Who is going to help implement the solution?
As mentioned earlier, product requirements for some PLM functionality may be easily accommodated by cross-industry, horizontal solutions. The application of that tool in a particular industry, however, may require services to be provided by consultants knowledgeable in the industry. If we take Project Management as an example, it is seemingly an obvious conclusion that the software to manage the introduction of a new luxury boat model could be the same as that the software required to launch a new over the counter drug. Both projects require scheduling and tracking detailed tasks, loading of resources, dependencies between tasks, and other common project management requirements. Producing a Gantt chart for the development of a new home appliance really isn't very different from producing a Gantt chart for introducing a new heat resistant ceramic.
While the project management software may not be industry differentiated, the contents of the project, and the tasks required, are very different. Industry templates for stage-gate acceptance criteria will be very different for a regulated pharmaceutical product than the acceptance criteria for a new shock absorber. The overall PLM process, in fact, can vary widely from industry to industry. Industry knowledgeable, experienced resources armed with industry solutions and/or industry templates may also be important criteria in the evaluation.
What are the "fatal flaws" for your industry?
Every industry has unique characteristics. Some of the differences come from regulatory needs in the trade of the products of the industry, such as the need to track the country of origin for components of an automobile. Other differences come from the physical nature of the material itself, such as the need to adjust ingredient input quantities based on the potency or sugar content of an agricultural product. Still others are based on traditions and legacy of the industry, such as the need to produce and sell paper rolls by the foot, but to price them by the pound. Regardless of the history of the requirement, these differences must be supported by the software application in order for the software to support the business effectively.
unique industry characteristics often drive additional, or even conflicting
requirements for the software applications when compared to the requirements
of other industries. When these industry characteristics are not addressed in
the core design of the software application, they can often be difficult or
impossible to address without significant software customization or user workarounds.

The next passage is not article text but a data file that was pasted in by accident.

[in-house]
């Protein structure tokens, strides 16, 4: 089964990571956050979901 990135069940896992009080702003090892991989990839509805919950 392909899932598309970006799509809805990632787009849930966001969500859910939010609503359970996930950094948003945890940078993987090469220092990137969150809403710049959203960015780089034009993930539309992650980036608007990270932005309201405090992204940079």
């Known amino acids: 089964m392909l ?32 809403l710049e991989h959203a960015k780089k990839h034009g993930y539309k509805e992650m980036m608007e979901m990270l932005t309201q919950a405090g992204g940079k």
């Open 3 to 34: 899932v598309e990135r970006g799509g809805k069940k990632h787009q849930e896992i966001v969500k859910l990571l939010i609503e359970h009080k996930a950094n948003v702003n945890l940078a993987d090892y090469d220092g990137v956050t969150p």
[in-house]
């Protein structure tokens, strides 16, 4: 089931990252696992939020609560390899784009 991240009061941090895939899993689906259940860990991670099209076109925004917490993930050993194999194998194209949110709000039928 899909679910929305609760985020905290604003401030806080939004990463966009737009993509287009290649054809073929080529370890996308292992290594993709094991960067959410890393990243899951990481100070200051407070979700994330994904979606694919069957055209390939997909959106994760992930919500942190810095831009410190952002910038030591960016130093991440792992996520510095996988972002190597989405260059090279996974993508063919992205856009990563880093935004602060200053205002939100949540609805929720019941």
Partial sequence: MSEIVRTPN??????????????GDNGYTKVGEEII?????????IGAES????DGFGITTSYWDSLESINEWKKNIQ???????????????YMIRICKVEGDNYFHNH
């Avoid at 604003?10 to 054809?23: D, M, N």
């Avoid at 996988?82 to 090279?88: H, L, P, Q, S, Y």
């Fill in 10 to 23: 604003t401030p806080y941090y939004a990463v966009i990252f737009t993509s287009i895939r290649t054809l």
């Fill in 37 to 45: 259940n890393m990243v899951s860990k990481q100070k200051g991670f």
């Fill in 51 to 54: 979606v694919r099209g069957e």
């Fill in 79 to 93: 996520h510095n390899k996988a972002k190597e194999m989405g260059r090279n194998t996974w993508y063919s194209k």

For more information on the concept of "fatal flaws", see Find
The Software's Fatal Flaws To Avoid Failure
Before selecting a PLM application, make sure to understand the fatal flaws for PLM in that industry.
When evaluating the applicability of a PLM solution, it is crucial to define the problems to be addressed in advance. Depending on the needs to be addressed by the PLM solution, industry may play a critical role. As a general rule, the closer the PLM solution gets to the design and production of the product itself, and the more complicated the product, the more industry will play a role.
selections to support PLM initiatives that will come in close contact with the
production of the product should absolutely consider the unique needs of their
industry, particularly the industries "fatal flaws". While in the
final evaluation a horizontal application may meet the needs just as well as
a vertically focused application, the evaluation of those criteria should not
be left to chance. And don't forget that each PLM initiative should be taken
as an incremental step in the PLM Program, see "The
PLM Program An Incremental Approach to the Strategic Value of PLM",
so that requirements beyond today's needs may need to be evaluated as well.
Brown has over 15 years of experience in management consulting and
application software focused on the manufacturing industries. Jim is a recognized
expert in software solutions for manufacturing and has broad knowledge of applying
ERP, Product Lifecycle Management, Supply Chain Planning, Supply Chain Execution,
and e-business applications to improve business performance. Jim served in executive
positions for software companies specializing in PLM and process manufacturing
solutions before starting his consulting firm, Tech-Clarity Associates.
can be reached at email@example.com.